Automatic aliases
Select one of the options below to set FirstClass generation of automatic aliases.
06092010_122716_1.png        Notes
The Automatic aliases and Inbound mail addressing settings affect each other.
You can override the Internet alias generated for a user by updating "Mail aliases" on the User Information Form for that user.


Do not create automatic aliases
Only the users' first and last names will be used (firstname_lastname@yoursite.com)
Use user IDs as aliases
The aliases are the same as the users' user ID. This guarantees unique aliases, but exposes FirstClass user IDs and therefore reduces the security of your system.
Use first initial and last name as aliases
The aliases consist of the first character of the first name plus the last name (for example James Lee Brown would have the alias jbrown). This is not guaranteed to be unique. Because internet aliases must be unique, you will have to check for duplicates on your system.
Use initials and last names as aliases
The aliases consist of the first character of the first name plus the first character of the middle name plus the last name (for example, James Lee Brown would have the alias jlbrown). This is not guaranteed to be unique. Because internet aliases must be unique, you will have to check for duplicates on your system.
Use first name and last initial as aliases
The aliases consist of the first name plus the first character of the last name (for example, James Lee Brown would have the alias jamesb). This is not guaranteed to be unique. Because internet aliases must be unique, you will have to check for duplicates on your system.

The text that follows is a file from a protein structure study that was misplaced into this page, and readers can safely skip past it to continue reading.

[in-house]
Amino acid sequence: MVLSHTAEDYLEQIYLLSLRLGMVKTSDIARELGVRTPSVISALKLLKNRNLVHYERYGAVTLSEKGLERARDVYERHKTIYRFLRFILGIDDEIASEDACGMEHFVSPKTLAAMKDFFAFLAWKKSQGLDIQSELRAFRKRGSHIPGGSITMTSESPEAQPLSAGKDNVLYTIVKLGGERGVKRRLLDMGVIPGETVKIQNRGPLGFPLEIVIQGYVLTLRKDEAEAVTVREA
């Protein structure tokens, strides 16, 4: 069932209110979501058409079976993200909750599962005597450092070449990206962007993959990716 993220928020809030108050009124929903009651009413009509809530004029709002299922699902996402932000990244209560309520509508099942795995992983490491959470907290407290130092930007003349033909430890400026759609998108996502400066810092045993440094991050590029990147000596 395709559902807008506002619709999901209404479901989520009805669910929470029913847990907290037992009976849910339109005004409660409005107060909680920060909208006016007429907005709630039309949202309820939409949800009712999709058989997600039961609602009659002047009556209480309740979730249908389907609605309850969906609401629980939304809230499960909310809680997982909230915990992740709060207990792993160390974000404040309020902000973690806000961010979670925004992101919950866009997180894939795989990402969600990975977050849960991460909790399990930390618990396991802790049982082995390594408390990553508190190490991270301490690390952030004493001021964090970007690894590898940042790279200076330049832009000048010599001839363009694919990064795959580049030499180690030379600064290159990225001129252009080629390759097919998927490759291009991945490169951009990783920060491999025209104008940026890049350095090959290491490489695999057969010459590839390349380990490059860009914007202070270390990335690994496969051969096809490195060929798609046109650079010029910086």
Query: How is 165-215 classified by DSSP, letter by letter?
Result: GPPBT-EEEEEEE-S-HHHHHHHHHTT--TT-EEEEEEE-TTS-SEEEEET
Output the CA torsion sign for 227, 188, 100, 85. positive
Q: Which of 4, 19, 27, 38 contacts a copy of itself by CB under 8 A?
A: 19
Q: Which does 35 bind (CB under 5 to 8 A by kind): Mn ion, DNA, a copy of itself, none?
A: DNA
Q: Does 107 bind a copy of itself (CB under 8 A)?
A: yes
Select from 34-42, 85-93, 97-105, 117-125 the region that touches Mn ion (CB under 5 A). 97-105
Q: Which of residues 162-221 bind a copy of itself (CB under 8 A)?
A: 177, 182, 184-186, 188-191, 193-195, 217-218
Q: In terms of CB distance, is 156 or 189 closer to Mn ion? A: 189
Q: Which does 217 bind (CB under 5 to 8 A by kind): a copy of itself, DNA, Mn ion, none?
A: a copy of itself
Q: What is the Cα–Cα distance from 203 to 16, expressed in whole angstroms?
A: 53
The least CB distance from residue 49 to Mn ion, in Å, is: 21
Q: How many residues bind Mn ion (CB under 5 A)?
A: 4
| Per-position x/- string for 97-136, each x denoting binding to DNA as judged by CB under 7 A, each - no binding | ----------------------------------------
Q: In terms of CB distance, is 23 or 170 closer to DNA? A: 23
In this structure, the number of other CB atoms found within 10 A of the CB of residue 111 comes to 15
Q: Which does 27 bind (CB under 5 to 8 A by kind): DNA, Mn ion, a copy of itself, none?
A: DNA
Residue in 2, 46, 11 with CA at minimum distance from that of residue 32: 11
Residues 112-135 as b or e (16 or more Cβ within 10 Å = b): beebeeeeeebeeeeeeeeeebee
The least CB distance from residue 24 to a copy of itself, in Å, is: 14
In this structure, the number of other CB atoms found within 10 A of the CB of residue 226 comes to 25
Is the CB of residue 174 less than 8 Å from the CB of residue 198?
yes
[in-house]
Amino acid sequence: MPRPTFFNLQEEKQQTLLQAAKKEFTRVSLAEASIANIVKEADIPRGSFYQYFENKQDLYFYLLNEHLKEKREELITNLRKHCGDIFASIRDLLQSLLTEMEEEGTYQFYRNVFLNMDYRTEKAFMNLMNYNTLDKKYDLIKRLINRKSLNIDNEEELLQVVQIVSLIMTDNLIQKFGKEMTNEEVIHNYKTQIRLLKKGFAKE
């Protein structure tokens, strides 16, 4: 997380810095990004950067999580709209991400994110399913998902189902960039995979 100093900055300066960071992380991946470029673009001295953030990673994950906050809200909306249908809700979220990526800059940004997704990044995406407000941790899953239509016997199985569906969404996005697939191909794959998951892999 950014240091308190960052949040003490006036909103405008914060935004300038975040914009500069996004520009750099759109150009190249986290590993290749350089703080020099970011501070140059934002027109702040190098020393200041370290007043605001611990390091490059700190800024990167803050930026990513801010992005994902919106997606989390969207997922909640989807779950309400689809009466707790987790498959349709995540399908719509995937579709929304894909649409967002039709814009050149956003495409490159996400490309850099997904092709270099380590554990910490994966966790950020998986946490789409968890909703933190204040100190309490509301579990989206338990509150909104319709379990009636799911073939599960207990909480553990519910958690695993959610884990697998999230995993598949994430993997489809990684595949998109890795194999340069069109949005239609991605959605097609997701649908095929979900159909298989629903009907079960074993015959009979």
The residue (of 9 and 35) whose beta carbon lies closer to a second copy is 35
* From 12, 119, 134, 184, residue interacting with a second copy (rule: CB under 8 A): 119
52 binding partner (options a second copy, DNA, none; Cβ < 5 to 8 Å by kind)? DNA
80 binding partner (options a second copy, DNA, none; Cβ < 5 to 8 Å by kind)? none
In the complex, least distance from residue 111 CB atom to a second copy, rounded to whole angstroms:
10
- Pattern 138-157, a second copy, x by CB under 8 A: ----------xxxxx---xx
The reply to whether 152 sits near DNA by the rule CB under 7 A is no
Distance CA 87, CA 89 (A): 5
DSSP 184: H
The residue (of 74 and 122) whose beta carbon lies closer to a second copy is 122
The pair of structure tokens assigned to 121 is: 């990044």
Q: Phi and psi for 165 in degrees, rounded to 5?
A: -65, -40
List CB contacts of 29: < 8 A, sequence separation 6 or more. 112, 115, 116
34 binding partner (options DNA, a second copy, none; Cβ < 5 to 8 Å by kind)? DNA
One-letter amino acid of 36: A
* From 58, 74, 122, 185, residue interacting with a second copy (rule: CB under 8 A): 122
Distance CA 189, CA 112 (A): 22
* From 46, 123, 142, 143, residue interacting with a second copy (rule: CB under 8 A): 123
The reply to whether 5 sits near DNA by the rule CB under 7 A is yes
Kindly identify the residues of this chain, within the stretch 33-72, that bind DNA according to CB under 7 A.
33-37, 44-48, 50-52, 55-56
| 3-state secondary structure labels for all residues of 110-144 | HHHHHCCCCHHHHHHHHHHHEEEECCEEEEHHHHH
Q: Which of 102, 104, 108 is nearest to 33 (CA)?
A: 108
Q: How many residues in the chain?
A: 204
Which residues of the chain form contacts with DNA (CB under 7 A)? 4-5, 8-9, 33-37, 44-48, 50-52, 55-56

Use first and last names as aliases
The aliases consist of the first name plus the last name (for example, James Lee Brown would have the alias jamesbrown). This is not guaranteed to be unique. Because internet aliases must be unique, you will have to check for duplicates on your system.
Use last and first names as aliases
The aliases consist of the last name plus the first name (for example, James Lee Brown would have the alias brownjames). This is not guaranteed to be unique. Because internet aliases must be unique, you will have to check for duplicates on your system.
Use first initial and client ID as aliases
The aliases consist of the first character of the first name plus the client ID (for example, James Lee Brown with a client ID of 1289 would have the alias j1289). This guarantees unique aliases and doesn't expose your FirstClass user ID.
Inbound mail addressing
Sets the level of matching on your system in conjunction with your choice of automatic aliases
Allow short forms
Least recommended. Allows, for example, ro_al@huskyplanes.com for Roy Allen
Exact match only
Requires the recipient's name to match the entire entry in the "Mail aliases" field on a User Information Form (for example, roy_allen@huskyplanes.com or roy@huskyplanes.com). This selection will also match a user's firstname_lastname entry in the Directory.
Aliases only
Most recommended. Allows only exact matches to the aliases set on a User Information Form.